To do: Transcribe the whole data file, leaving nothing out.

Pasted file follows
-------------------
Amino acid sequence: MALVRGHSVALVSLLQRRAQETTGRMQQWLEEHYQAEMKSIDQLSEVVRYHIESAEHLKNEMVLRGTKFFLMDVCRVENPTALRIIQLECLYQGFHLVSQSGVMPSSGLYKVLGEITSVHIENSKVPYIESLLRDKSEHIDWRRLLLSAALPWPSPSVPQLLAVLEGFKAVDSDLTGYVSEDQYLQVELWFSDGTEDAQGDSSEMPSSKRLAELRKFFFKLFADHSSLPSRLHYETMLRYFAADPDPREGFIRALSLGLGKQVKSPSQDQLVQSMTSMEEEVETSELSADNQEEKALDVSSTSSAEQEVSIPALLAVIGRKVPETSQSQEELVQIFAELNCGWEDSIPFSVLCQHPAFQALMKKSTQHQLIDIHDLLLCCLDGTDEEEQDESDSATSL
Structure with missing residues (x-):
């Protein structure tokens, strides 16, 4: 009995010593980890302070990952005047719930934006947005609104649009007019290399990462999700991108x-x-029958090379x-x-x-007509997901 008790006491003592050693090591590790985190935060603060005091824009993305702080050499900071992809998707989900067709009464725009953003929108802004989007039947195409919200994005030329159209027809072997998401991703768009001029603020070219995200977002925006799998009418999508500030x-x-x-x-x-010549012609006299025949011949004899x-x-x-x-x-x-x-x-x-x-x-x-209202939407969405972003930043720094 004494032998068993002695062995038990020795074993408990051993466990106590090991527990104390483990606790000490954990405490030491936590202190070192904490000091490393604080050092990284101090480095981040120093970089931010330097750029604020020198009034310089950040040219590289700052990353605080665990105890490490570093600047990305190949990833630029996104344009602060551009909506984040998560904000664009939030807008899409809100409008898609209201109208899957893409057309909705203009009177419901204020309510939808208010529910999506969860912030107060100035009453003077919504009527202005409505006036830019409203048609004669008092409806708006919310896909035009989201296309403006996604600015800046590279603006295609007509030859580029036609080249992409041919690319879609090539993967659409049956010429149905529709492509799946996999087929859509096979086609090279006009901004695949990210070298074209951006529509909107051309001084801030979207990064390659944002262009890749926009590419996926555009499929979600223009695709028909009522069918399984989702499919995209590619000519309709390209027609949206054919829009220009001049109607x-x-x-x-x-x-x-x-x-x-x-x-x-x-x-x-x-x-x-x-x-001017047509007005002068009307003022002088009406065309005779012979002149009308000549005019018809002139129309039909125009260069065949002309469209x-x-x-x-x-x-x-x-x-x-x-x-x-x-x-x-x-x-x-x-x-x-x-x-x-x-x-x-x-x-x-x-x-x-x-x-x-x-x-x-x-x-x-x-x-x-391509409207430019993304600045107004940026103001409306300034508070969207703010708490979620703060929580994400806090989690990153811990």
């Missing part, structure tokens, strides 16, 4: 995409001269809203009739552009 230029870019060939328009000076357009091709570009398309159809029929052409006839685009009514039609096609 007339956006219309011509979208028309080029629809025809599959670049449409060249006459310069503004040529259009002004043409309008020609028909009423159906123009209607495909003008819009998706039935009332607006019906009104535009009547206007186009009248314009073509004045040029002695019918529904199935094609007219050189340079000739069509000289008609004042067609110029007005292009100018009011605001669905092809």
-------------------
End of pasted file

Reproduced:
Amino acid sequence: MALVRGHSVALVSLLQRRAQETTGRMQQWLEEHYQAEMKSIDQLSEVVRYHIESAEHLKNEMVLRGTKFFLMDVCRVENPTALRIIQLECLYQGFHLVSQSGVMPSSGLYKVLGEITSVHIENSKVPYIESLLRDKSEHIDWRRLLLSAALPWPSPSVPQLLAVLEGFKAVDSDLTGYVSEDQYLQVELWFSDGTEDAQGDSSEMPSSKRLAELRKFFFKLFADHSSLPSRLHYETMLRYFAADPDPREGFIRALSLGLGKQVKSPSQDQLVQSMTSMEEEVETSELSADNQEEKALDVSSTSSAEQEVSIPALLAVIGRKVPETSQSQEELVQIFAELNCGWEDSIPFSVLCQHPAFQALMKKSTQHQLIDIHDLLLCCLDGTDEEEQDESDSATSL
Structure with missing residues (x-):
């Protein structure tokens, strides 16, 4: 009995010593980890302070990952005047719930934006947005609104649009007019290399990462999700991108x-x-029958090379x-x-x-007509997901 008790006491003592050693090591590790985190935060603060005091824009993305702080050499900071992809998707989900067709009464725009953003929108802004989007039947195409919200994005030329159209027809072997998401991703768009001029603020070219995200977002925006799998009418999508500030x-x-x-x-x-010549012609006299025949011949004899x-x-x-x-x-x-x-x-x-x-x-x-209202939407969405972003930043720094 004494032998068993002695062995038990020795074993408990051993466990106590090991527990104390483990606790000490954990405490030491936590202190070192904490000091490393604080050092990284101090480095981040120093970089931010330097750029604020020198009034310089950040040219590289700052990353605080665990105890490490570093600047990305190949990833630029996104344009602060551009909506984040998560904000664009939030807008899409809100409008898609209201109208899957893409057309909705203009009177419901204020309510939808208010529910999506969860912030107060100035009453003077919504009527202005409505006036830019409203048609004669008092409806708006919310896909035009989201296309403006996604600015800046590279603006295609007509030859580029036609080249992409041919690319879609090539993967659409049956010429149905529709492509799946996999087929859509096979086609090279006009901004695949990210070298074209951006529509909107051309001084801030979207990064390659944002262009890749926009590419996926555009499929979600223009695709028909009522069918399984989702499919995209590619000519309709390209027609949206054919829009220009001049109607x-x-x-x-x-x-x-x-x-x-x-x-x-x-x-x-x-x-x-x-x-001017047509007005002068009307003022002088009406065309005779012979002149009308000549005019018809002139129309039909125009260069065949002309469209x-x-x-x-x-x-x-x-x-x-x-x-x-x-x-x-x-x-x-x-x-x-x-x-x-x-x-x-x-x-x-x-x-x-x-x-x-x-x-x-x-x-x-x-x-x-391509409207430019993304600045107004940026103001409306300034508070969207703010708490979620703060929580994400806090989690990153811990």
């Missing part, structure tokens, strides 16, 4: 995409001269809203009739552009 230029870019060939328009000076357009091709570009398309159809029929052409006839685009009514039609096609 007339956006219309011509979208028309080029629809025809599959670049449409060249006459310069503004040529259009002004043409309008020609028909009423159906123009209607495909003008819009998706039935009332607006019906009104535009009547206007186009009248314009073509004045040029002695019918529904199935094609007219050189340079000739069509000289008609004042067609110029007005292009100018009011605001669905092809």